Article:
Words That Inspire: Martin Luther King, Jr.

What is fair to one person may not be fair to another. How can students become aware of injustice—at school, in your community, and in this world— and dig deeper to discover how they can transform injustice to justice?
58 Quote

“Injustice anywhere is a threat to justice everywhere.”

Photo by Taryn Simon and The Innocence Project, from the photo essay The Innocents.

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Note to Educators:

What is fair to one person may not be fair to another.  What makes something unjust?

Understanding—let alone discussing— what injustice means can be tricky and challenging with students, particularly younger ones.  How can you help your students become aware of injustice—at school, in your community, and in this world— and dig deeper to discover how they can transform injustice to justice?

Try the following activity to help your students figure out how to deal with meanness and injustice.

  1. On a poster size piece of paper or on the blackboard, ask your students to write their definitions of injustice. An alternative—especially for younger students—is to consult the dictionary or Wikipedia. Cull out and tighten a definition that your students feel comfortable with.

  2. Distinguish “being mean” from “injustice.” Is it an injustice when someone calls me a name? Or, is that person just being mean? Unfairness or injustice is when some people are treated one way and others are treated in another. It is one-sided.Use two-column notetaking (mean vs. injustice) for examples that will help your students understand the difference. You may need to frontload the conversation with examples to get students on the right track. 

    Here are some examples:

    Someone’s being mean when she shoves a girl in the lunchroom line. Someone’s being unjust when she shoves only ginger-hair kids in the lunchroom line.

    A coach is being mean when he calls his player “slowpoke sloths.”
    A coach is being unjust when he puts the second string player on a two-game suspension for cheating on an exam, but the star player—who was also caught cheating—gets to continue playing.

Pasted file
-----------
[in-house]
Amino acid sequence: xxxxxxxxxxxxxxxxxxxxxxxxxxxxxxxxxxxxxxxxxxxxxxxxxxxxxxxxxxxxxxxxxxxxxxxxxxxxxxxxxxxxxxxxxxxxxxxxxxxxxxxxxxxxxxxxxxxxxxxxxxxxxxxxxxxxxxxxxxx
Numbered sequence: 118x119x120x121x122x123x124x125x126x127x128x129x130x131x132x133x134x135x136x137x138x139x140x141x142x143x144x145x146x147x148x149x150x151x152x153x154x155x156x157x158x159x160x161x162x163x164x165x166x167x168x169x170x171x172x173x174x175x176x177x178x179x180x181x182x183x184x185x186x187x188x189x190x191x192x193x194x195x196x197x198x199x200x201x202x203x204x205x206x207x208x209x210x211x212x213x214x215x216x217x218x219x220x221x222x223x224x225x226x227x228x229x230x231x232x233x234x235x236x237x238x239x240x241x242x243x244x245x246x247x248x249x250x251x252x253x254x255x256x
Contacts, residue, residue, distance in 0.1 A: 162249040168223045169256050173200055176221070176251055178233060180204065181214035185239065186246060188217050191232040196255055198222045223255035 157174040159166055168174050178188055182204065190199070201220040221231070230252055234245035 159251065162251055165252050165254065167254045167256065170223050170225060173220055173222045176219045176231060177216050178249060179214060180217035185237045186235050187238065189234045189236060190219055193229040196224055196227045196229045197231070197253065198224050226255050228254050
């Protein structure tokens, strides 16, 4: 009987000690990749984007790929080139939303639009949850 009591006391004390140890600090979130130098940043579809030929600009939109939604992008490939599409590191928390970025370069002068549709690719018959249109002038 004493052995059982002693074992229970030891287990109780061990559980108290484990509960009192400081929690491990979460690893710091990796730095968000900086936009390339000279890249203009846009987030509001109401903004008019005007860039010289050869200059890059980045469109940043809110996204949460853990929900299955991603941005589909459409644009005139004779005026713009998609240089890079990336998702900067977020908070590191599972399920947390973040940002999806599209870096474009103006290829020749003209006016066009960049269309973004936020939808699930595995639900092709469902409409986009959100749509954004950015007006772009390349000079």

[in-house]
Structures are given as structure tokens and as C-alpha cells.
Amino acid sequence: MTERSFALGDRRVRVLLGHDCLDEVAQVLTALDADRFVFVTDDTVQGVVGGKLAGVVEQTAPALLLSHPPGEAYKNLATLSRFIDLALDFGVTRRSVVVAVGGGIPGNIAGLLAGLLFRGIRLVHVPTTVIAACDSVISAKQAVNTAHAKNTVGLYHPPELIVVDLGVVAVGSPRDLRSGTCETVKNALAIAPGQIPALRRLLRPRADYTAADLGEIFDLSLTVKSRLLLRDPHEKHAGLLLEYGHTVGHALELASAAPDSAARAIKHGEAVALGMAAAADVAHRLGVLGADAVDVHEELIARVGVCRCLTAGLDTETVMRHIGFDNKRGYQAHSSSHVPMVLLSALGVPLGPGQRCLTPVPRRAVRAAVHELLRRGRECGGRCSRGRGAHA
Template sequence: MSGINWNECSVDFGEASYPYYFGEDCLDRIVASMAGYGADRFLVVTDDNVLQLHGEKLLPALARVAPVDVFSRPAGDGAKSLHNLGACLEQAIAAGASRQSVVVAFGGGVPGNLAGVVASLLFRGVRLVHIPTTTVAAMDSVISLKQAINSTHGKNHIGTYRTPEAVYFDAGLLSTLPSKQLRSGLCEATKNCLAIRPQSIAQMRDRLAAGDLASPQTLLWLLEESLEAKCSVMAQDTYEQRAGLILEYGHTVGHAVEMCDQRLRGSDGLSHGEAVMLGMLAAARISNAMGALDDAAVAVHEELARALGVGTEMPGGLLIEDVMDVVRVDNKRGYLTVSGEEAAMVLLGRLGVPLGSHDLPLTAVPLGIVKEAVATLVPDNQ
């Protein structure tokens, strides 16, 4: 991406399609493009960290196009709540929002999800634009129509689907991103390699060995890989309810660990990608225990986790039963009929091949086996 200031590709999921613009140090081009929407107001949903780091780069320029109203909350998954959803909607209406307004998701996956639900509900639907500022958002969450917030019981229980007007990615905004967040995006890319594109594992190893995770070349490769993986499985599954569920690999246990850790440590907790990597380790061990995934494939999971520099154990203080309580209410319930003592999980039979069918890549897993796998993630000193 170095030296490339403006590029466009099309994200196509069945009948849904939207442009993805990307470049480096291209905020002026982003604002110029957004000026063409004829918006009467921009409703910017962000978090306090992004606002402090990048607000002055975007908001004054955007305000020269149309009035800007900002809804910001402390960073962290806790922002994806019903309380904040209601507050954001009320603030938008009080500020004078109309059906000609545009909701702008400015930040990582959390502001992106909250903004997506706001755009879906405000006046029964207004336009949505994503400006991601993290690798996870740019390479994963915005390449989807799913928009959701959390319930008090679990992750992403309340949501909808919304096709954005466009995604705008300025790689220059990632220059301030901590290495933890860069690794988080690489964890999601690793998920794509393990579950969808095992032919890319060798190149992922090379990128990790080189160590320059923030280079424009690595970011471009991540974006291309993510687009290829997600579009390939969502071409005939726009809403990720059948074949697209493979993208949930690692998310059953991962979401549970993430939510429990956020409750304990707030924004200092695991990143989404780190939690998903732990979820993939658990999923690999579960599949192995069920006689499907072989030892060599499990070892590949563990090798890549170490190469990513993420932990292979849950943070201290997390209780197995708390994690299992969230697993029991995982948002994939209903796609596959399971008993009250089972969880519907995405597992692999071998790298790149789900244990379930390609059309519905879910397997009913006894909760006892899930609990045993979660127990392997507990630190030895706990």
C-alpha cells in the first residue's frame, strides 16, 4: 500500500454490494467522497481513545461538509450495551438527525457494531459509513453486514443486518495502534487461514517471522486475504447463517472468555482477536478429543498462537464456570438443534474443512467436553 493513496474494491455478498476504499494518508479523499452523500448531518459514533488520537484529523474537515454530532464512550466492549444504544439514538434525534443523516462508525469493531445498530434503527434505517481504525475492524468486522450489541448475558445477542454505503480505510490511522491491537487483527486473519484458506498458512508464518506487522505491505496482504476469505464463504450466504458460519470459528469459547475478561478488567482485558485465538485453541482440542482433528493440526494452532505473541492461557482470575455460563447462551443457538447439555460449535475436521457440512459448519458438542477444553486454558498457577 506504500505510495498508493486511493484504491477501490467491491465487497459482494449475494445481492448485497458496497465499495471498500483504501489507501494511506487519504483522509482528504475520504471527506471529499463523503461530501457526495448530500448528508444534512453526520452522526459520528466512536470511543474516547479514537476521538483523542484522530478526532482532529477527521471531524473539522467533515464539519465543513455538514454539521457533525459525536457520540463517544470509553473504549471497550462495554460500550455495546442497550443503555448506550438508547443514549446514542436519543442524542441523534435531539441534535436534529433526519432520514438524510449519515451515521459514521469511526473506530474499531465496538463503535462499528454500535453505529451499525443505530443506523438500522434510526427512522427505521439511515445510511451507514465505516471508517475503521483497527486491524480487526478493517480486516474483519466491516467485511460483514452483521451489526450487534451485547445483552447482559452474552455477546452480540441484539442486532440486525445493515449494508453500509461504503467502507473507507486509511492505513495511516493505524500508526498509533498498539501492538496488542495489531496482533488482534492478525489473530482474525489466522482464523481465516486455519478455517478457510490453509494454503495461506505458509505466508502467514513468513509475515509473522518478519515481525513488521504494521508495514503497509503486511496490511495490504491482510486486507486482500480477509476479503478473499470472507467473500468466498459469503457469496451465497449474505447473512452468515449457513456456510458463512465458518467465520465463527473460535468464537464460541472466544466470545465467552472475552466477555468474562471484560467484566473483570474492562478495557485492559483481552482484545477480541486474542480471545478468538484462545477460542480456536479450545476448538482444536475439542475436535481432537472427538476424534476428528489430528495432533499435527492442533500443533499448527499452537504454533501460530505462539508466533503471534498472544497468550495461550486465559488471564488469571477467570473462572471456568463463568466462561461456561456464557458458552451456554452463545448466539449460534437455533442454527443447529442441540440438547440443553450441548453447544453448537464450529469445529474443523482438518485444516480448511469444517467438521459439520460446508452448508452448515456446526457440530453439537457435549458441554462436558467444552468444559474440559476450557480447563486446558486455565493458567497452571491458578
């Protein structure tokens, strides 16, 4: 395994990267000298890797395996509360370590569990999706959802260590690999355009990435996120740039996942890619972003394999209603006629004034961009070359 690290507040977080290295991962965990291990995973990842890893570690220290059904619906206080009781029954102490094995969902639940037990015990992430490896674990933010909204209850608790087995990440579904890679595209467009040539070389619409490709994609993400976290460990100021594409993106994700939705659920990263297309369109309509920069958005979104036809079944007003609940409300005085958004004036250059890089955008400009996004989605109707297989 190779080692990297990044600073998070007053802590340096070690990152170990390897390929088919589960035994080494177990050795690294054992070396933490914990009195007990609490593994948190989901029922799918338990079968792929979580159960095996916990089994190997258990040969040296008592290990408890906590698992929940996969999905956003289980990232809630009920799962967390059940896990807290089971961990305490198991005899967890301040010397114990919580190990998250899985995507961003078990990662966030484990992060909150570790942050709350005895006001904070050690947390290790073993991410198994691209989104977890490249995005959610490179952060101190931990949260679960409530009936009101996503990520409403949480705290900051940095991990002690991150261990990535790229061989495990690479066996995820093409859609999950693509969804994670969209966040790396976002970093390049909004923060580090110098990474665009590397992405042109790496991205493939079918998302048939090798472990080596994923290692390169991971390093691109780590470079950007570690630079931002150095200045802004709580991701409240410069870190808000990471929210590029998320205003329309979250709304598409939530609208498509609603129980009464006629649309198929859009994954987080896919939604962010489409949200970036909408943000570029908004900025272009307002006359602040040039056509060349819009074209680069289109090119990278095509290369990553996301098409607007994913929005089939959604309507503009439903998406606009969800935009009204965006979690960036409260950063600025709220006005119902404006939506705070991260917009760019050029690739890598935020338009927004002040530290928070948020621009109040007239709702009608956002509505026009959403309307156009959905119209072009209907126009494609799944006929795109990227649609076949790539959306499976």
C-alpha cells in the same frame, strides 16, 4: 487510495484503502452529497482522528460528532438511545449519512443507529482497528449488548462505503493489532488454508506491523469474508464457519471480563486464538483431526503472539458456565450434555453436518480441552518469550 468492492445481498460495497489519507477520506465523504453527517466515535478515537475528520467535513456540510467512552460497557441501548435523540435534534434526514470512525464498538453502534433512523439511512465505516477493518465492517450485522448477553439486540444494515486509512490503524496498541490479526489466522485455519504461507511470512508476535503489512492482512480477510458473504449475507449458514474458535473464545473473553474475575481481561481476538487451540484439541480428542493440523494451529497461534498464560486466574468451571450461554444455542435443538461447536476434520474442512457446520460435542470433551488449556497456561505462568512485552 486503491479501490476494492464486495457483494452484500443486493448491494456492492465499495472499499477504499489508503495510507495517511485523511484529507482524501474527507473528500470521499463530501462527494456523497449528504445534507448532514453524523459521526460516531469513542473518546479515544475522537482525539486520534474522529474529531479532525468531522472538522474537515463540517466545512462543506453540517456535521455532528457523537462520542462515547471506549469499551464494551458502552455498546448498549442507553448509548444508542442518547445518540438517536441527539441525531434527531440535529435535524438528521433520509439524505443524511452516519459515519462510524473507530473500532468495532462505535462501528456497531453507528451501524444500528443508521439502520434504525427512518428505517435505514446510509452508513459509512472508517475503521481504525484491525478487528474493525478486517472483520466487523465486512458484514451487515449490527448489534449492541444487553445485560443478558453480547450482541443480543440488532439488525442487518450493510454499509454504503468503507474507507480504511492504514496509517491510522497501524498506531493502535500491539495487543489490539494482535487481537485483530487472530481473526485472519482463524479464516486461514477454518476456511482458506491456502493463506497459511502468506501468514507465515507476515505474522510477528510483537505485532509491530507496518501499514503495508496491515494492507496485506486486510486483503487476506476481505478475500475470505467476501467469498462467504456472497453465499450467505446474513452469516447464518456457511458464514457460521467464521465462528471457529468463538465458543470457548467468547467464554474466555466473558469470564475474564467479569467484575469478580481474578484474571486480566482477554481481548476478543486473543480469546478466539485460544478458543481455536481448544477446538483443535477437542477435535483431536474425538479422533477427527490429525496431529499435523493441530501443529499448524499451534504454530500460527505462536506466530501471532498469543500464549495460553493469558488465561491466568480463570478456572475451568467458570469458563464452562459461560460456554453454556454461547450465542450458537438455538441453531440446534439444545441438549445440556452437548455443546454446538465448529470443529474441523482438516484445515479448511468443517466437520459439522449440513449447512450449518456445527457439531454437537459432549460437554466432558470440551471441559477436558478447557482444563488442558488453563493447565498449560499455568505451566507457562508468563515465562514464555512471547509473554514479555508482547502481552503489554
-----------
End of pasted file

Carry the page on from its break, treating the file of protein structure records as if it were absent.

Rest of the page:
A teacher is being mean when she assigns 50 pages of reading the night before a test.
    A teacher is being unjust when he only calls on the “smart” kids.

    For further exploration on the definition of injustice, share The Cow of No Color: Riddle Stories and Justice Tales from Around the World, by Nina Jaffe and Steve Zeitlin, 1998, Henry Holt and Company. This collection of stories from throughout the world focuses on a question of justice.  After the authors describe a problem, they leave it to you to solve, and then tell you the answer as it appears in the original tale.

  3. Ask your students to write down on a note card or scrap piece of paper an example of injustice that they have faced, been part of, or witnessed in their everyday lives.  These may be anonymous.  Put all of them in one hat or receptacle.

  4. Here are two options for digging deep and coming up with solutions:

    Conversation. Pull one example from the hat and use it to talk with the group about why the situation was unjust. What could each person involved have done differently?  Or, were there larger forces at play? What are the first steps to addressing the injustice? 
    NOTE:  Some students may still confuse being mean with being unjust. If their example is a “mean” one, still discuss something they can do to resolve the situation.

    Skits. Divide the class into groups of four and have each group choose an example from the hat to create a 2-3 minute skit. Students can have time to prepare their skit or do an on-the-spot improvisation. Keep in mind that this skit doesn't have a tidy beginning, middle, and end. It's not a performance; it's acting out a concept or situation.

    As each group performs, the teacher as director gets to say “pause” when injustice is revealed.  The question is asked, “If we were to rewind the action, what would we do differently? Let’s edit that part and make it a story of justice.”

    Students in the audience may act as directors or the teacher may talk the class through solutions or steps to make it right. By underpinning solutions, kids come away with a strong definition of what justice is and isn’t, and beginning steps to constructing a more just world. Through powerful conversations, your students are able to unpack the challenge that injustice brings.  They also will understand that as citizens it is our work to create solutions together—and it isn’t cookie cutter easy, but is definitely rewarding.